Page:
The Revenue Benefits of a Subscription-Based Business That’s Run Efficiently

Double Subscription Revenue With an All-Access Offer

A subscription-based business like magazine publishing is the one business model in the world where you have recurring revenue with very little effort


The successful user-driven startups of today are the ones that offer subscription-based services. As a magazine or newsletter publisher, you know a subscription-based business takes the revenue of one product and multiplies it over the course of months, or even years.

And startups are happy to get on that bandwagon.

For example, you can pay $99 a month to Moz for keyword research and SEO monitoring tools.

You could pay $40 a month for a diet-based subscription box that sends you healthy snacks.

You could pay $10 a month for an expense-tracking app that connects with your accounting software.

And you could pay $40 a month for that accounting software.

Subscription-based businesses are everywhere now. Why struggle to sell a product that required inventory and no promise of sales, while you spent a majority of your income on a sales team just to keep the pipeline full? It’s the difference between a creative agency that’s project-based, and one that’s retainer-based. That’s the difference between selling single issues on the newsstand, and having your own subscribers.

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Luckily, as a magazine or newsletter publisher, you get to have both. But subscriptions are what keep your team employed, your advertisers happy, and your brand thriving.

The simple fact is that when you have a solid product, you can keep subscribers.

How to tell if you’re keeping subscribers happy


Are your subscribers happy? Unless you’re texting them every day, how would you know? Sure, there are the awesome loyalists who Tweet every story you publish on your Portal, but what about everyone else? Here are a few indicators:

  • What percent of your current subscribers auto-renew year after year?
  • Do they actively update their credit card information, or do you send them notice after notice when one expires?
  • Are they accessing your magazine subscription website?
  • Are they downloading or searching old archives from your magazine subscription website?
  • When is the last time a digital subscriber logged in to your website?
  • When is the last time they downloaded a new issue into their app or newsstand?

Magazine subscribers can be compared to email subscribers in this way. The more you know about how your customers interact with your digital magazine and subscription website, the more you know about their happiness.

If they’re not reading your publication, they’re more likely to unsubscribe in the future. Maybe that renewal date will pop up and they’ll call or email to cancel and get a refund. That’s one crux in the process where you might be able to save a subscriber. But more importantly, how did they get there?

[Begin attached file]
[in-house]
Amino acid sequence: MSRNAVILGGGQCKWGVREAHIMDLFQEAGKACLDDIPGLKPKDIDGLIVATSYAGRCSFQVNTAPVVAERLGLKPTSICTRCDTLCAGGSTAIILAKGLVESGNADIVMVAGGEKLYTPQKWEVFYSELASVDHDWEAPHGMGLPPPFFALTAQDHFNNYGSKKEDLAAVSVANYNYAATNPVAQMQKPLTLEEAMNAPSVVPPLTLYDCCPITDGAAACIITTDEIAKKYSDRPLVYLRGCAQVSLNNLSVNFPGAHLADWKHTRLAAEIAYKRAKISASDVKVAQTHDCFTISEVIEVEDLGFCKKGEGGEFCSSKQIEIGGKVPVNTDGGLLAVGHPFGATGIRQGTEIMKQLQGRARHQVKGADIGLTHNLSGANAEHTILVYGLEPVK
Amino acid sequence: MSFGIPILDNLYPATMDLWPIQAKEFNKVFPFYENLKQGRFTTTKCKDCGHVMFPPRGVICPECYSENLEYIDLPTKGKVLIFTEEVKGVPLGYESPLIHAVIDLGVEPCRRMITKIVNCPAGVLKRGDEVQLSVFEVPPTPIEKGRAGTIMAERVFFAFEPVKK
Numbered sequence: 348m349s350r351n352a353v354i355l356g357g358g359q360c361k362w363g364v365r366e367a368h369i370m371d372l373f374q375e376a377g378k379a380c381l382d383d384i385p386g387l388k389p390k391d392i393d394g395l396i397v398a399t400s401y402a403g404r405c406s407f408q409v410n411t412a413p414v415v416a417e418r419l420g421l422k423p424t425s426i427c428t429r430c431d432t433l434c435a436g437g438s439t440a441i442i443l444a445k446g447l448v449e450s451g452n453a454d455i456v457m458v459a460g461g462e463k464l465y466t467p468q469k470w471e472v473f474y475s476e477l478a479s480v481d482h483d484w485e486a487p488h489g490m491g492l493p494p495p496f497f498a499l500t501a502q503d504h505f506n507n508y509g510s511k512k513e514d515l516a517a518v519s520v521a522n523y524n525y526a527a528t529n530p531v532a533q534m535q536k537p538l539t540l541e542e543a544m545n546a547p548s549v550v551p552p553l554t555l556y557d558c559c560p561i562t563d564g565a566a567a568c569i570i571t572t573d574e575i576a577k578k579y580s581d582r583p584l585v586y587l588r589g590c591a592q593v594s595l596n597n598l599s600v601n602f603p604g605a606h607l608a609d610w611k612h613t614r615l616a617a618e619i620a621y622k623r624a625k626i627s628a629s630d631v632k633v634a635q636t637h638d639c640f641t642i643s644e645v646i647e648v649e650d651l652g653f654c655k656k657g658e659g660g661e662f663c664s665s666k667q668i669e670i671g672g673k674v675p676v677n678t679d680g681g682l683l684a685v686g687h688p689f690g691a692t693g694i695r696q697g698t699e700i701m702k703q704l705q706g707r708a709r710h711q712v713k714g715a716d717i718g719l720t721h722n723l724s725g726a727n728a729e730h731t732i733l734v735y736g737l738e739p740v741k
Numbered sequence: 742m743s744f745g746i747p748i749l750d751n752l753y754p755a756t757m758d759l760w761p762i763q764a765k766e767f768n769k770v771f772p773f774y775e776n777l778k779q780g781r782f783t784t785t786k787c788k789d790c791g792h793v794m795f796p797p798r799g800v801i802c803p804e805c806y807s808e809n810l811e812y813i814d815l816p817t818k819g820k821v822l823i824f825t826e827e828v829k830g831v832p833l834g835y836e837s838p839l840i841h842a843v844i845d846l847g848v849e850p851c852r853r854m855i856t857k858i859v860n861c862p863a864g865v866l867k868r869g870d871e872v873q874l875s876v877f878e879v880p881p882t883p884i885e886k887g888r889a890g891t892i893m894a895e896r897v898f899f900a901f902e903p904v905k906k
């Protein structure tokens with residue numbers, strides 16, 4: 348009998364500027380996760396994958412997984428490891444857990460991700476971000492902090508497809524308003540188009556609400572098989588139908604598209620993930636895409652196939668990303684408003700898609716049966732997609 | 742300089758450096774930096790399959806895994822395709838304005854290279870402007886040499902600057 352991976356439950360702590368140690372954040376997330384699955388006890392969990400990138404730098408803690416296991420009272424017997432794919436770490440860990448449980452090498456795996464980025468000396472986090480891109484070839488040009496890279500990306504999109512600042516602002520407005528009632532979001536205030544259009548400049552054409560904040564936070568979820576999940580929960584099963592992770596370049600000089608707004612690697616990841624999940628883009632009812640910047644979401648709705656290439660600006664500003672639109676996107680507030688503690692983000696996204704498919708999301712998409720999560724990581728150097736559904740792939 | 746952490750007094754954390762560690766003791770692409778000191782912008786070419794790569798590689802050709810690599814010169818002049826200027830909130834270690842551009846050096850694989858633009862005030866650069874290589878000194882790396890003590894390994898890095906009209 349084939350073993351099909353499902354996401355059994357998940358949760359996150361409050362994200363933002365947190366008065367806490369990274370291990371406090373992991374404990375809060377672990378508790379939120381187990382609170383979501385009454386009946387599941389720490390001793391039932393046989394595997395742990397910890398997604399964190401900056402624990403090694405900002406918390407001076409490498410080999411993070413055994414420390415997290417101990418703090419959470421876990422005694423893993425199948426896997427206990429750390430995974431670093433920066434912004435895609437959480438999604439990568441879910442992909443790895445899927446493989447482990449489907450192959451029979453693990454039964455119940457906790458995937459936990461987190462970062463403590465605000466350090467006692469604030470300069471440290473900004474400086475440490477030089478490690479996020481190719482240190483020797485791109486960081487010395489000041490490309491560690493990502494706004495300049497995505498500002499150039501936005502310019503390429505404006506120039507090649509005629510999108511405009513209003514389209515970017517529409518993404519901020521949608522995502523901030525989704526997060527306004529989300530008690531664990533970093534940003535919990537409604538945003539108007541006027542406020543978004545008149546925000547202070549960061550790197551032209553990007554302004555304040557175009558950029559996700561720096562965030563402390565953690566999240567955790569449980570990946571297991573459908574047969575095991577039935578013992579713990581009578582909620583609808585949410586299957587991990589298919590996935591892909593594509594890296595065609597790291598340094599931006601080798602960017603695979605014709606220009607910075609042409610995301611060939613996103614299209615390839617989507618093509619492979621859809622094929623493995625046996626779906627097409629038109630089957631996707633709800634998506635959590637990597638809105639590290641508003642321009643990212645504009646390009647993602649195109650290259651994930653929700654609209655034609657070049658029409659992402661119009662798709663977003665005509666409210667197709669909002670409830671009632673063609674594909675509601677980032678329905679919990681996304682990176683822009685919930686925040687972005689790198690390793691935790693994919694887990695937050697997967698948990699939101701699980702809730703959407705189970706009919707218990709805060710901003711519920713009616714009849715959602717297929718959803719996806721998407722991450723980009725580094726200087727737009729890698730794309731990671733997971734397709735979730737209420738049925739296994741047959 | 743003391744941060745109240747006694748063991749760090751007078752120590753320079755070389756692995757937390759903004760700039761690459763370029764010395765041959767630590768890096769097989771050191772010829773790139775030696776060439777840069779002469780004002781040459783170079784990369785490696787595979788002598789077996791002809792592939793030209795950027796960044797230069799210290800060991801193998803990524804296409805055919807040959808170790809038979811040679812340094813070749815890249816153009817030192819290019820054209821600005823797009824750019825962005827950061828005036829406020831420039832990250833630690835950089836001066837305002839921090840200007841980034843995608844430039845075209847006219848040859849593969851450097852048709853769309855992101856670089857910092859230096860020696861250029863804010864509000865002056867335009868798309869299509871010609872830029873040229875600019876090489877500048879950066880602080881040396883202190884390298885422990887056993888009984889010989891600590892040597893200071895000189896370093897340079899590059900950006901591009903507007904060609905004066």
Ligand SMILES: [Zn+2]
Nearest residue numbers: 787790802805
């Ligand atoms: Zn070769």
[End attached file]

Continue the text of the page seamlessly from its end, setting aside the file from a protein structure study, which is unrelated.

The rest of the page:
Are magazines piling up around their house, reminding them they never read anymore? That’s the downside of the physicality of print subscriptions. People are constantly reminded when they’ve gotten too busy to stop and enjoy some good stories. But the downside of digital subscriptions is the old adage, out of sight, out of mind! 

How to get subscribers to keep coming back


Subscriber churn is such a focus of subscription-based business. If you’re ad-driven, you may depend on advertising for revenue, but you’re stuck in the mud without a consistently growing number of subscribers to show them. Here’s how you can keep them happy and subscribed:

  • Publish fresh content on a schedule that’s consistent and that’s relevant to your subscribers.
  • Send emails when new issues post.
  • Send emails when new archive issues are available: “Our 1974 archive is now up! Featuring the stories behind the opening of Walt Disney World, the Beatles breakup, and NASA’s first space shuttle.”
  • As we talked about a couple of weeks ago, there are three popular(ish) ways to renew subscribers. The best way is to auto-renew. We’re not stuck in the old days of manual entry, most of your customers probably subscribed online, and agreed to auto-renew in 12 months.
  • Give them content they can’t live without. If you have high open and click-through rates on your announcement emails, you’re doing great. If they’re not so hot, you may want to consider working on your editorial.
  • Take a page from the software apps of today and create a tool they can’t live without. As part of their subscription, is there an app, or a tool you could bundle in? With a health magazine, maybe it’s a calorie-tracking app, or with a marketing magazine, maybe it’s a headline analyzing tool.

What to do when you run into recurring billing issues


Sometimes when subscribers don’t renew, it’s not them, it’s you. Many recurring billing problems stem from poor communication or when the online publisher and/or the subscriber have little experience in recurring billing. Review your site’s order flows with the following in mind:

  • Double check your subscription order flow for simplicity, making sure it’s easy to understand the offer.
  • State your site’s recurring billing terms in normal-sized print, on the subscription order flow.
  • State the merchant name that will appear on the credit card billing statement, especially if it’s different from your product and website branding, so the subscriber can easily identify the transaction.
  • State your refund policies in a prominent location.
  • Offer a phone number, not a ticket system, to resolve billing issues.

Recurring billing demands a pristine, fully bullet-proof payment processing module for your subscription site software. Gateways and merchant banks have perfected the system, and most support recurring billing.

Your turn. What other wisdom would you add here? Personal stories welcome.


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